Sony seems to be sticking with quite a schedule with its recent PC releases. Just a few months after bringing Marvel’s Spider-Man to PC—check out our review of that PC release here—Sony has now brought Marvel’s Spider-Man: Miles Morales along for the ride as well. Much like its predecessor, the game has been available on PS4 and PS5 and quite some time now, and you can check out our review on those platforms if that’s your jam, but if you’re a PC gamer that’s about to dive into the world of Marvel’s Spider-Man: Miles Morales for the first time ever, well, let’s get to it.
Much like the recent trend of Sony’s PC releases, Marvel’s Spider-Man: Miles Morales makes the jump from consoles to PC quite brilliantly. Echoing the protagonist’s sheer style, the game itself is a wonderful PC port, featuring a healthy series of options to play around with, and running fantastically right out of the gate without much tinkering needed on my end. For context, I reviewed Marvel’s Spider-Man: Miles Morales on a PC running on a Ryzen 5 3600 CPU, an Nvidia GeForce RTX 3060 Ti, 32GB of RAM, and the game was running off a SATA SSD.
For the majority of my time with the game, I was able to enjoy smooth frame rates with an average of around 100fps, which puts it around on par with the original Marvel’s Spider-Man on PC. There was a healthy choice when it came to tinkering with graphics settings, ranging from simpler options like resolution, depth of field and motion blur, to heavier options like DLSS and ray tracing on supported graphics cards.
“Much like the recent trend of Sony’s PC releases, Marvel’s Spider-Man: Miles Morales makes the jump from consoles to PC quite brilliantly.”
And much like its older sibling, Marvel’s Spider-Man: Miles Morales also played well with a Steam controller, once again likely owing to the game’s compatibility with the Steam Deck. Speaking of which, while player accounts of how well it runs on Valve’s handheld system aren’t yet available, the game is set to run just fine on the Steam Deck, which also means that Linux players will also be in luck in getting the game to run on their operating system of choice.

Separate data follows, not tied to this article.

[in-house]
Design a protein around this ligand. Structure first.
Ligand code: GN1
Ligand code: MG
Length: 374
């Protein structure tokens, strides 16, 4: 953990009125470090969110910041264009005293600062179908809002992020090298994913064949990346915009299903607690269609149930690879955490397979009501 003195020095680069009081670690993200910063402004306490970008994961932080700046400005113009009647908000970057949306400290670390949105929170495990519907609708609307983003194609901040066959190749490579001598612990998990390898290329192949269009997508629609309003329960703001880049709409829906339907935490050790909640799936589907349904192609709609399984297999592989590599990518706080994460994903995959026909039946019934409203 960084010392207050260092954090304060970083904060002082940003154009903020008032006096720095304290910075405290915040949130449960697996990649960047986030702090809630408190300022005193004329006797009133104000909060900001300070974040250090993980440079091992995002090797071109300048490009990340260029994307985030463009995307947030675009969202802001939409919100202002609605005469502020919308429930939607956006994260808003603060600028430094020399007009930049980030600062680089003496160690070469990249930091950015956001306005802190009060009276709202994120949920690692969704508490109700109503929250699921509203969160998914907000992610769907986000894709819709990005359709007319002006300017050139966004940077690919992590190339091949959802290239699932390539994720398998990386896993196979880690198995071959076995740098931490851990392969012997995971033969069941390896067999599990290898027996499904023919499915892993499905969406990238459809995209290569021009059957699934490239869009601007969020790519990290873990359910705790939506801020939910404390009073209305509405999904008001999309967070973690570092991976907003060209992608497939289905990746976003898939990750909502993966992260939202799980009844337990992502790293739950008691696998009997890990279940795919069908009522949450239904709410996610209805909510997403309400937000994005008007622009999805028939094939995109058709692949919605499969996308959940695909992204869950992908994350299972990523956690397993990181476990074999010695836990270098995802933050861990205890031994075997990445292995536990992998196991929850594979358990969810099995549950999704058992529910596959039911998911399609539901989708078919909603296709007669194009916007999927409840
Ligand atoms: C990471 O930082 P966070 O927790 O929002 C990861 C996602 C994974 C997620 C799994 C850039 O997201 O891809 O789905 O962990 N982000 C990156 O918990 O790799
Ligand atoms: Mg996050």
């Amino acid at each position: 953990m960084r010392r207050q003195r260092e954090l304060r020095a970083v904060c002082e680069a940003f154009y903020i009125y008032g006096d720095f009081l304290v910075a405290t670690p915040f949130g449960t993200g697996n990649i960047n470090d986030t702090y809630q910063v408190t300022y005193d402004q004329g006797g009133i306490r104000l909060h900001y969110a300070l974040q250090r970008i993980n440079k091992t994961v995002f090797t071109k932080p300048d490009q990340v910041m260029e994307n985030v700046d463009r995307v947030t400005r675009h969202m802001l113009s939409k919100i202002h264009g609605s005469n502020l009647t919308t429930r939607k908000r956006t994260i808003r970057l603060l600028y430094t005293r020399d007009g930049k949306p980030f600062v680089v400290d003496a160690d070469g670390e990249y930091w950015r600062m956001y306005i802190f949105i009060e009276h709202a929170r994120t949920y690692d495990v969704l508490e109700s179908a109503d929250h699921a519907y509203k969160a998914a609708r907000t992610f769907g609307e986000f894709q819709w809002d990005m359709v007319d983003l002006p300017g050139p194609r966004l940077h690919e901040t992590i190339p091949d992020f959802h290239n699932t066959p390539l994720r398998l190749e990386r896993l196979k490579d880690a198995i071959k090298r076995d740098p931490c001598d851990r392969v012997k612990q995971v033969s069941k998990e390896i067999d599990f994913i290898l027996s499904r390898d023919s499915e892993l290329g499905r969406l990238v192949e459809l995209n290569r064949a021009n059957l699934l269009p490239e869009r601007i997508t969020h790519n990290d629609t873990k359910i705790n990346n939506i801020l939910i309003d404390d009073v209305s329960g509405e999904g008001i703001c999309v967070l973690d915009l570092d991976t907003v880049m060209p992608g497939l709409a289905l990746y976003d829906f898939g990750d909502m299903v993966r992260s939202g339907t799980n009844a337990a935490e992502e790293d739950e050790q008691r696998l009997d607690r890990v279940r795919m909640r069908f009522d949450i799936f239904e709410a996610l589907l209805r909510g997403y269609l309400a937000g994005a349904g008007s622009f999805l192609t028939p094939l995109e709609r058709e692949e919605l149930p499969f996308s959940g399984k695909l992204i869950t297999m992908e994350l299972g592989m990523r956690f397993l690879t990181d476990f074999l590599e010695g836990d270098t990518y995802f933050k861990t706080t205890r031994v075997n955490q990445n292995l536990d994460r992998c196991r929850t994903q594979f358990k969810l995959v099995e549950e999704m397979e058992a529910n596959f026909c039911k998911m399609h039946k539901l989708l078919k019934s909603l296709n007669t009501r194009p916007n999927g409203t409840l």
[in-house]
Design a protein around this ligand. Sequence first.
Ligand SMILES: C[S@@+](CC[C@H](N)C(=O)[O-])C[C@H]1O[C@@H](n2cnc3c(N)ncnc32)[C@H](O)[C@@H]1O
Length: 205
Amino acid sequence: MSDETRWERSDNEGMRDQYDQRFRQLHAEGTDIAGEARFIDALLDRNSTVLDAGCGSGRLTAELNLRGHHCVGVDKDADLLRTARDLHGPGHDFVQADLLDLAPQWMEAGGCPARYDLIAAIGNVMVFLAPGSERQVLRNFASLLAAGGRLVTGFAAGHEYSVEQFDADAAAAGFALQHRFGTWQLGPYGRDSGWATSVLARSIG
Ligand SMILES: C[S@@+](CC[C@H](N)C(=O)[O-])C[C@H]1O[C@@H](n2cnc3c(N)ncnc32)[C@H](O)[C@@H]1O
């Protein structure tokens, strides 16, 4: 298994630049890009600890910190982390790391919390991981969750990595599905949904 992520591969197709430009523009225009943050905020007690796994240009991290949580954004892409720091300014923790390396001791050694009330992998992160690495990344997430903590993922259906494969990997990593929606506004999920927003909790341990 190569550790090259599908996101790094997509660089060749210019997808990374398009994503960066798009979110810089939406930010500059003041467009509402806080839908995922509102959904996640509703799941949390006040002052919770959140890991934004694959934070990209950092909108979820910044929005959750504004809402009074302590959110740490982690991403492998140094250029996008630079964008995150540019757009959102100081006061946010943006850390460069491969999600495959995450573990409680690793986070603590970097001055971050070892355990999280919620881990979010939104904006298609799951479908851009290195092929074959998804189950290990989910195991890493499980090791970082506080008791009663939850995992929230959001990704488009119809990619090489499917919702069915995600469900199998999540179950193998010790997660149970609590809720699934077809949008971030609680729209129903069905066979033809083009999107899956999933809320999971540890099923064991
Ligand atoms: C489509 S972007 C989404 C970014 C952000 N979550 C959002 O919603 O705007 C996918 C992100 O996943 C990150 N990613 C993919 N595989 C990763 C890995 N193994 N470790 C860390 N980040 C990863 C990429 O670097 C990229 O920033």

Now, with all the talk about how well it runs out of the way, let’s finally talk about how well it plays.
When coming to Marvel’s Spider-Man: Miles Morales so soon after having revisited Marvel’s Spider-Man, it’s easy to see that the newer title is more of an iterative sequel rather than a revolutionary one. Rather than bringing sweeping, radical changes to the core gameplay, Insomniac instead chose to refine on the groundwork already laid by the original. Everything from the web-slinging to the combat feels like an evolution of pre-existing ideas, and there’s little in the way of anything new.
That isn’t to say that Marvel’s Spider-Man: Miles Morales is simply a reskin of Marvel’s Spider-Man, however. Aside from the story, which we’ll get to in a bit, Miles Morales as a character also has a few new toys to play with. First and foremost, when it comes to combat, the new Venom Powers play an integral role. Essentially a more focused version of the suit powers from Marvel’s Spider-Man, Venom Power acts as a super attack that can be used in tandem with the default healing ability. Sure, the variety in powers has been cut down a fair bit, but instead, what we get now is a more focused combat experience with encounters designed around the idea that the player will always have access to Venom Powers, regardless of the rest of their loadout.
“Miles Morales tells a plot that, while not as grand as that of its predecessor, certainly feels a lot more focused.”